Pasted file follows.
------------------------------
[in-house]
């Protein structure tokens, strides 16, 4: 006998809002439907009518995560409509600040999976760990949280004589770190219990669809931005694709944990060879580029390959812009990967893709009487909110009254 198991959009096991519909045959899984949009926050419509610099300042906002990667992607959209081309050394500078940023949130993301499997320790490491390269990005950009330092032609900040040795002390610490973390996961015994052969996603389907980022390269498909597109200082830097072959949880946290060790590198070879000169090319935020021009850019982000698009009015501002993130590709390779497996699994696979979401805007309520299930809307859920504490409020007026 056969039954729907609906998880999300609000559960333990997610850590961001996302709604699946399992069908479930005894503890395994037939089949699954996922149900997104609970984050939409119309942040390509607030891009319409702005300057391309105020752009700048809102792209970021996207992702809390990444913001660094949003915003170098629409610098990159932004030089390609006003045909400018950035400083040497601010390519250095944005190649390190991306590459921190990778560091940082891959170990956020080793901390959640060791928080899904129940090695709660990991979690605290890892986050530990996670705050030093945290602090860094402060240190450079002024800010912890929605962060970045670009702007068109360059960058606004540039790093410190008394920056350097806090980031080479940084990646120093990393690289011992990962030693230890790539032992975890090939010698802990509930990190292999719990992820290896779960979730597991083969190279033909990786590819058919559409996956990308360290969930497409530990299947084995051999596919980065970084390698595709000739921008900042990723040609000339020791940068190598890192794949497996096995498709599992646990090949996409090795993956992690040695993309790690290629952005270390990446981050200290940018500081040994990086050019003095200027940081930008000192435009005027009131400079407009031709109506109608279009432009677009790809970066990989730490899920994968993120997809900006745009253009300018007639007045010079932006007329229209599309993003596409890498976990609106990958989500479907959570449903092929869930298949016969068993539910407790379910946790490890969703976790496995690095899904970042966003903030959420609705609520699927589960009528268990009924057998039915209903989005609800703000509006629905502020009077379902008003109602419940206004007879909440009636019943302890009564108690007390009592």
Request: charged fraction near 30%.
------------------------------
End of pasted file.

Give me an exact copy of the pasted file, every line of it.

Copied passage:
[in-house]
């Protein structure tokens, strides 16, 4: 006998809002439907009518995560409509600040999976760990949280004589770190219990669809931005694709944990060879580029390959812009990967893709009487909110009254 198991959009096991519909045959899984949009926050419509610099300042906002990667992607959209081309050394500078940023949130993301499997320790490491390269990005950009330092032609900040040795002390610490973390996961015994052969996603389907980022390269498909597109200082830097072959949880946290060790590198070879000169090319935020021009850019982000698009009015501002993130590709390779497996699994696979979401805007309520299930809307859920504490409020007026 056969039954729907609906998880999300609000559960333990997610850590961001996302709604699946399992069908479930005894503890395994037939089949699954996922149900997104609970984050939409119309942040390509607030891009319409702005300057391309105020752009700048809102792209970021996207992702809390990444913001660094949003915003170098629409610098990159932004030089390609006003045909400018950035400083040497601010390519250095944005190649390190991306590459921190990778560091940082891959170990956020080793901390959640060791928080899904129940090695709660990991979690605290890892986050530990996670705050030093945290602090860094402060240190450079002024800010912890929605962060970045670009702007068109360059960058606004540039790093410190008394920056350097806090980031080479940084990646120093990393690289011992990962030693230890790539032992975890090939010698802990509930990190292999719990992820290896779960979730597991083969190279033909990786590819058919559409996956990308360290969930497409530990299947084995051999596919980065970084390698595709000739921008900042990723040609000339020791940068190598890192794949497996096995498709599992646990090949996409090795993956992690040695993309790690290629952005270390990446981050200290940018500081040994990086050019003095200027940081930008000192435009005027009131400079407009031709109506109608279009432009677009790809970066990989730490899920994968993120997809900006745009253009300018007639007045010079932006007329229209599309993003596409890498976990609106990958989500479907959570449903092929869930298949016969068993539910407790379910946790490890969703976790496995690095899904970042966003903030959420609705609520699927589960009528268990009924057998039915209903989005609800703000509006629905502020009077379902008003109602419940206004007879909440009636019943302890009564108690007390009592």
Request: charged fraction near 30%.